— I call this ‘porousness’, the way we can allow our bodies to hold all those different spaces and move through them in a way that isn’t tethered to any one form or set ideology. Where did that line of thinking begin for you? Was there a moment that it all clicked?

A

Korakrit Arunanondchai

— It came at a really specific time. Grad school is basically therapy, and I went to do my MFA at Columbia at a relatively young age. I didn’t have so much of a life or a self outside my art practice, so what I was processing as a person in the world, and within my art, became one and the same. Back then, I was interested in the virtual space and the real space, and the ambiguity of the former. Everyone was obsessed with conceptualising what the virtual space was, which was interesting because it was unclear. I would go on for hours talking about the ideas travelling between these two spaces. It was Daniel Bozhkov, my professor at the time, who said: Forget about the real and the virtual. Think about those two spaces, and the invisible membrane between them. Your practice is about throwing an object that makes that membrane appear. A membrane is interesting because it’s not a wall, it allows things through, but it’s still there.

 

Since then, I’ve been working with the idea of the membrane over and again. And I don’t only mean what divides and lies between real and unreal space, the West and the East, Thailand and my personal life. At the Ghost festival, we called the membrane ‘air’: the air around things, the air around the event. It’s subjective but it’s not neutral. In Songs for Dying, the membrane becomes the ghost: an embodiment of the space between disparate locations or events where ideas or emotions get translated. In Painting with History 3, the membrane becomes a character called Chantri: a drone, ghost and spirit. The membrane between the audience and the work gets given a name. The membrane is what weaves between rooms, different times, different spaces. It’s also storytelling.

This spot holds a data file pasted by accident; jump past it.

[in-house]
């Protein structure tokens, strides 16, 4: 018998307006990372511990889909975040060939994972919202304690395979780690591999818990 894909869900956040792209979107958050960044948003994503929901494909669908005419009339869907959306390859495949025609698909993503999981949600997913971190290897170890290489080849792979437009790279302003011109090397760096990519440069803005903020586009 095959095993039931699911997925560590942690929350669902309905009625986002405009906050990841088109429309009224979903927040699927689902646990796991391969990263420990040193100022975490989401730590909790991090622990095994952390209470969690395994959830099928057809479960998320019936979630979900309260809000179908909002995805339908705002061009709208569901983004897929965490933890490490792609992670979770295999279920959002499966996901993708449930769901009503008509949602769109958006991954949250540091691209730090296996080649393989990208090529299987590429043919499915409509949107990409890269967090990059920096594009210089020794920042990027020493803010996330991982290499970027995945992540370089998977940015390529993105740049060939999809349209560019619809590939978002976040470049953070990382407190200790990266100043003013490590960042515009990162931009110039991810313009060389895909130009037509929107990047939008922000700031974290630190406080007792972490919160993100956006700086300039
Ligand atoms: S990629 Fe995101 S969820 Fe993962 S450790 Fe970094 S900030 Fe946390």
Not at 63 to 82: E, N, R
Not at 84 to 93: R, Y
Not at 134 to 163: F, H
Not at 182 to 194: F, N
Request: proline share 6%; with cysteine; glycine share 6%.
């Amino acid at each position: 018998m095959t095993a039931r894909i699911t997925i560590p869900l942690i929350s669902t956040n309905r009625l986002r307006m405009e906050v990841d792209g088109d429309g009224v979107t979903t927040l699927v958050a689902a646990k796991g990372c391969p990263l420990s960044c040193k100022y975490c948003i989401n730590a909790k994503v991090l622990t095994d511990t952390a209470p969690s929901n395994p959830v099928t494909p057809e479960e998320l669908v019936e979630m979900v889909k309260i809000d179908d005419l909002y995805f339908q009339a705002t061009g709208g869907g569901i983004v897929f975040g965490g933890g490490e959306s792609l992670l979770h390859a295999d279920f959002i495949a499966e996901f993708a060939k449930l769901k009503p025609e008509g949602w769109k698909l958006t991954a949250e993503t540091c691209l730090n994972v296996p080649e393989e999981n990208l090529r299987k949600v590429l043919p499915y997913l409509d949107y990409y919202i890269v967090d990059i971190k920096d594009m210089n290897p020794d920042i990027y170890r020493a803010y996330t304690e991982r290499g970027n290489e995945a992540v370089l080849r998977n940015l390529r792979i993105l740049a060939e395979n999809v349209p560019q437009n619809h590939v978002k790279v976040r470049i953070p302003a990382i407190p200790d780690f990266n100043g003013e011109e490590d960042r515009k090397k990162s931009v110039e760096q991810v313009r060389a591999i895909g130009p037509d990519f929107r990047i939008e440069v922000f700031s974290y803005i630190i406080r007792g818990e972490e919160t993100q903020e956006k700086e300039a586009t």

I remember the moment when Bozhkov conceptualised the membrane for me – he picked up something and threw it at a wall to illustrate it – and that’s when I re-conceptualised my practice.

Q

The White Review

— Your early video works, such as 2012-2555 (2012), openly consider the tension you felt between developing your artistic practice in the American higher education system — you did your BFA in printmaking at the Rhode Island School of Design and your MFA at Columbia University in New York graduating in 2009 and 2012 respectively] — and your familial, ancestral and personal ties to Thailand, where you grew up. Can you elaborate on the specific issues of identity and artistic production that you set out to address?

A

Korakrit Arunanondchai

— I moved to America at the age of 18 in 2005. I think of this as the time when I learned how to be an artist, but I was also preoccupied with my grandfather and the life I left in Thailand. I began this series in order to build a bridge between the academic discourse] in the United States and the rest of my life at a time when I really saw and felt the separation between these two worlds. I created the central character of the Denim Painter to address the questions I had about Western art history and art practice, and where my own perspective came in. I was thinking: How do I connect these disparate spaces to become a more full person? At the time, there was almost a stigma around being from Thailand, doing video and trying to make something that connected personal experience from a non-American context to the traditions and context of Western art. In Western white spaces, the work often sits in a neutral ground where ‘a life lived’ doesn’t really enter — its’s like life contaminates the space of art. And when life is allowed to enter, it suddenly dominates the conversation and how the work can be read. As the work grew, I felt like I wanted to find a type of storytelling where all my interests could come together, without these limitations.